Update on the cellular pathogenesis of lupus : Current Opinion in Rheumatology

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Update on the cellular pathogenesis of lupus

Gensous, Noémie; Boizard-Moracchini, Andrea; Lazaro, Estibaliz; Richez, Christophe; Blanco, Patrick

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Current Opinion in Rheumatology 33(2):p 190-196, March 2021. | DOI: 10.1097/BOR.0000000000000775


Purpose of review 

Aberrations in the innate and in the adaptive arms of the immune system play both important roles in the initiation and progression of systemic lupus erythematosus (SLE). The aim of this study was to provide an update on the most recent findings on the cellular pathogenesis of SLE. Our overview focused particularly on results obtained over the last 18 months.

Recent findings 

Recent observations have provided an improved understanding of the importance of low-density granulocytes, a highly proinflammatory subset of neutrophils. We also highlighted in this work recent descriptions of the various cellular sources associated with the interferon signature. In addition, novel contributions have also developed our understanding of the potential importance of extrafollicular T–B-cell interactions in SLE pathogenesis. Finally, the role of recently described B and T-cell subsets, that is, atypical memory B cells, T-peripheral helper cells, and Th10 T cells, were also reviewed.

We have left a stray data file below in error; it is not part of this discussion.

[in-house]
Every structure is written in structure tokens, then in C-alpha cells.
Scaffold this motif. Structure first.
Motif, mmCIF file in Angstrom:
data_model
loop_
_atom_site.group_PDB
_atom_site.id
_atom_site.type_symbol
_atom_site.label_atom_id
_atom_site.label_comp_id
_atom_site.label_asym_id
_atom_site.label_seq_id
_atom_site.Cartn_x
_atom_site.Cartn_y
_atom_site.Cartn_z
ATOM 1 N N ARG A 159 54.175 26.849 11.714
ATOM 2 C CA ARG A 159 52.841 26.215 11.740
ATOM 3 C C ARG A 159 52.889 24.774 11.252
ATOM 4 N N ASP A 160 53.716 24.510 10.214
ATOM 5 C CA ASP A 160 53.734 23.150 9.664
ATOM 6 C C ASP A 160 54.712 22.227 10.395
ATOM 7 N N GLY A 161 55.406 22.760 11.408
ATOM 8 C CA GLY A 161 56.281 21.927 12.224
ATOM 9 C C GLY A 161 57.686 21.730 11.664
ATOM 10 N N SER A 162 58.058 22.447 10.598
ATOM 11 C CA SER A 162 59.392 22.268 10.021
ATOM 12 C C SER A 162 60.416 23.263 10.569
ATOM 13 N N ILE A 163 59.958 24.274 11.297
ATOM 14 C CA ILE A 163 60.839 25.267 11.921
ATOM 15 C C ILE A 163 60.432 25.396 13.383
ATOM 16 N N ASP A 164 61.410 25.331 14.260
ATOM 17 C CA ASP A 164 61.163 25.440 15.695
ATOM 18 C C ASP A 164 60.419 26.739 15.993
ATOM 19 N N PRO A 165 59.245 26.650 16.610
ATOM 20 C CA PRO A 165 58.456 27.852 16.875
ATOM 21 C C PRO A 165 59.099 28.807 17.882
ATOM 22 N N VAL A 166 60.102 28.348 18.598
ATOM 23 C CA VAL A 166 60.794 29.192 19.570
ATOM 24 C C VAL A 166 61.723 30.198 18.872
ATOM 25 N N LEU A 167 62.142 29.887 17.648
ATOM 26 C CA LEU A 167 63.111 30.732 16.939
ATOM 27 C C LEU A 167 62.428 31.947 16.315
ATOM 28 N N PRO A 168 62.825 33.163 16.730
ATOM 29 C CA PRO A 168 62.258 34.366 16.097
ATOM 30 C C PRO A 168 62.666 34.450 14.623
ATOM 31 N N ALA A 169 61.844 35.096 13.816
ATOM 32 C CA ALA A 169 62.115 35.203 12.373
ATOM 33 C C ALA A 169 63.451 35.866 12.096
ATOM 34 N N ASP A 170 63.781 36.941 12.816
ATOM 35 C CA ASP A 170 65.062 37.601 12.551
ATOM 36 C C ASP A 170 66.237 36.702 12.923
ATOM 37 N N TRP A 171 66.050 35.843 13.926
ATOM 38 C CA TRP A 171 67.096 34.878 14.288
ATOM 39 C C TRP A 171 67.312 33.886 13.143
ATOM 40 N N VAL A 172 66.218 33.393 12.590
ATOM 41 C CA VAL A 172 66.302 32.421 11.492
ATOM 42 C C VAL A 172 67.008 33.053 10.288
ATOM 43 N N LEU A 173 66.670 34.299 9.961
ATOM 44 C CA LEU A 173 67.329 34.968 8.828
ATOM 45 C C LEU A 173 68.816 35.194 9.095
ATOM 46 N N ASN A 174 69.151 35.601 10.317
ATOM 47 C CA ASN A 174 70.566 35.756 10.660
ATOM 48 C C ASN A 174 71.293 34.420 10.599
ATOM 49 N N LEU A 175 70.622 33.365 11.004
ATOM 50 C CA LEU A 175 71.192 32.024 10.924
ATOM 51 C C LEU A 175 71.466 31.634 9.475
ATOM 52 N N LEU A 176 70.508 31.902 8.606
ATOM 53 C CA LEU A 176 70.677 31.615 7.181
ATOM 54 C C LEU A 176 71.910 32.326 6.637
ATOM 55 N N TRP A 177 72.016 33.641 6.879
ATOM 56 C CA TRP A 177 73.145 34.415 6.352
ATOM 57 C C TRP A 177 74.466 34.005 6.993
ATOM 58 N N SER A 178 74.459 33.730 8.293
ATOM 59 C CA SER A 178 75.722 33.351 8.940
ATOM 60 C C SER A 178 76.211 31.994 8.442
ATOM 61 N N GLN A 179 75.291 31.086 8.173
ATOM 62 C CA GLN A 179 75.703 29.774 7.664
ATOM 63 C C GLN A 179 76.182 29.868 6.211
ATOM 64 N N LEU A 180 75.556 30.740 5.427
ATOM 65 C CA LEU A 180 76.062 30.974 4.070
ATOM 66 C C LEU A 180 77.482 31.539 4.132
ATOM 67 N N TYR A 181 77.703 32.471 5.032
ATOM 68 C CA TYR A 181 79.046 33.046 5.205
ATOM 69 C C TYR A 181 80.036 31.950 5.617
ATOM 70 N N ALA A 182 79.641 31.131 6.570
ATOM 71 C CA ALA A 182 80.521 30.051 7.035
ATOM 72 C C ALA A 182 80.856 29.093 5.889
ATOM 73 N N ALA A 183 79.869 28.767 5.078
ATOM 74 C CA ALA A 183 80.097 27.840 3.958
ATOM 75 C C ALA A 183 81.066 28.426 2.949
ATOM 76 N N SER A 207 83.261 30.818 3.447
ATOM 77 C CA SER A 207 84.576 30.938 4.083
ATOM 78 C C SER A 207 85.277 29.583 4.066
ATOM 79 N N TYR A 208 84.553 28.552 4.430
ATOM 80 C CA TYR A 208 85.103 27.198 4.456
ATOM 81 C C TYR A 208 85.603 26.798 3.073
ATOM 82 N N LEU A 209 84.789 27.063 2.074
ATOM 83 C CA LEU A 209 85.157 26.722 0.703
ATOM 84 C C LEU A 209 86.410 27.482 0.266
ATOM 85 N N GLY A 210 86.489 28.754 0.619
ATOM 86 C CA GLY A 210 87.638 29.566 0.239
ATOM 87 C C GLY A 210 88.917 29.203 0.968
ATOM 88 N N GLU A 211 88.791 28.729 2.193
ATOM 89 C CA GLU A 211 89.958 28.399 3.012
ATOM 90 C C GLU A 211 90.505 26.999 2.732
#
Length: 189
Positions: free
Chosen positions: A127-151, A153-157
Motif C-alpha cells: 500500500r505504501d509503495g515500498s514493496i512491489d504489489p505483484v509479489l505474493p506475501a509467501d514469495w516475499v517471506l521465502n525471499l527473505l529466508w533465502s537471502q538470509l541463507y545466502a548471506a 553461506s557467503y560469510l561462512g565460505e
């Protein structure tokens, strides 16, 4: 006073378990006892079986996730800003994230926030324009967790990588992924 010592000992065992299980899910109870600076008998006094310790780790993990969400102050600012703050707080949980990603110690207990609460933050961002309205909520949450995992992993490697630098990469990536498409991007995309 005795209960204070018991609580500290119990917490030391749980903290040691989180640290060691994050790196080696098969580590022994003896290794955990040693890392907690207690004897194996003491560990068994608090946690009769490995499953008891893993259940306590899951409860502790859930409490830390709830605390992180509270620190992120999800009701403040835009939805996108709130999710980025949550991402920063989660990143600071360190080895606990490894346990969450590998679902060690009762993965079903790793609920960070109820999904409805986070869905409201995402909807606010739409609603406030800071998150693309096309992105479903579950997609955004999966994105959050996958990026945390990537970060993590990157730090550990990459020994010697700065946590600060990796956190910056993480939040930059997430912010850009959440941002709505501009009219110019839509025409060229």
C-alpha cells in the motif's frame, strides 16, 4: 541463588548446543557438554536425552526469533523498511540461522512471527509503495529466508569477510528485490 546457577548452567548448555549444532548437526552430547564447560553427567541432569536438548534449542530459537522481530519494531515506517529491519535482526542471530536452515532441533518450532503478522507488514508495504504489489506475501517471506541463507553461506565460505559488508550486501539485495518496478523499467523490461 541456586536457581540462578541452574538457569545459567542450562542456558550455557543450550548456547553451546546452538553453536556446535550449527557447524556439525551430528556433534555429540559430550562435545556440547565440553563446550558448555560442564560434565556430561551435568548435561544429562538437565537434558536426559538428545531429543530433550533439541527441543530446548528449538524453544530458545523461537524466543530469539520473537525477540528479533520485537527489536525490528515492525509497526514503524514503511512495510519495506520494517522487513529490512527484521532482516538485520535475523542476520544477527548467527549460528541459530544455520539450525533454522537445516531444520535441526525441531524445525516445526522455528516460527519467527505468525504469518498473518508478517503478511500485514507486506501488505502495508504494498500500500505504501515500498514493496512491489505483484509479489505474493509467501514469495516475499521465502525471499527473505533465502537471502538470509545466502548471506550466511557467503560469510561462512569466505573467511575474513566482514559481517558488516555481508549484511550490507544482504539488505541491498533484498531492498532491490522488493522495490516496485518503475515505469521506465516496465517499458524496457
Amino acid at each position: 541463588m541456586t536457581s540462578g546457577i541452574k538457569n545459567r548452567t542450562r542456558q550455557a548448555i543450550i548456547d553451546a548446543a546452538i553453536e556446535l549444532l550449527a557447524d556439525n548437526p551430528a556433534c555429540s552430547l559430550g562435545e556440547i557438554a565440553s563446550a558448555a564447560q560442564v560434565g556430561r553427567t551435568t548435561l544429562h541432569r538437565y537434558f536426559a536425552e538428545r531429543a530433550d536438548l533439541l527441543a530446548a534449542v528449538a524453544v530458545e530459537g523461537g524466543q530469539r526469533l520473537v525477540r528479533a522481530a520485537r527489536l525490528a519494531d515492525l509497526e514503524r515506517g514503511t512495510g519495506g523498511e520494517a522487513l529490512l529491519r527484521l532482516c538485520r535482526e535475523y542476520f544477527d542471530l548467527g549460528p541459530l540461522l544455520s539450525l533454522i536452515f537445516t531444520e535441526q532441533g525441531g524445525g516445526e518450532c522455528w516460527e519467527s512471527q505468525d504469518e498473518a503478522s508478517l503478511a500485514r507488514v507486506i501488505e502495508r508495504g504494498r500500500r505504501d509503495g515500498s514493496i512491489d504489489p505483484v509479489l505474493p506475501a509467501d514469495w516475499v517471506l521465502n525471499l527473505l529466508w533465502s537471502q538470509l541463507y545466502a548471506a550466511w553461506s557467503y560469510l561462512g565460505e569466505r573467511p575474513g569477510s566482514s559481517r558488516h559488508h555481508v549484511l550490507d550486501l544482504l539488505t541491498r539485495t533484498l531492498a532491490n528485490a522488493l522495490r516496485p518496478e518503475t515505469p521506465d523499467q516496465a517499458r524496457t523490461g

Recent findings in the cellular pathogenesis of SLE give a deeper comprehension of previously described mechanisms which drive SLE pathogenesis and shed light on novel players in immune dysregulation that could help to identify potential therapeutic targets.

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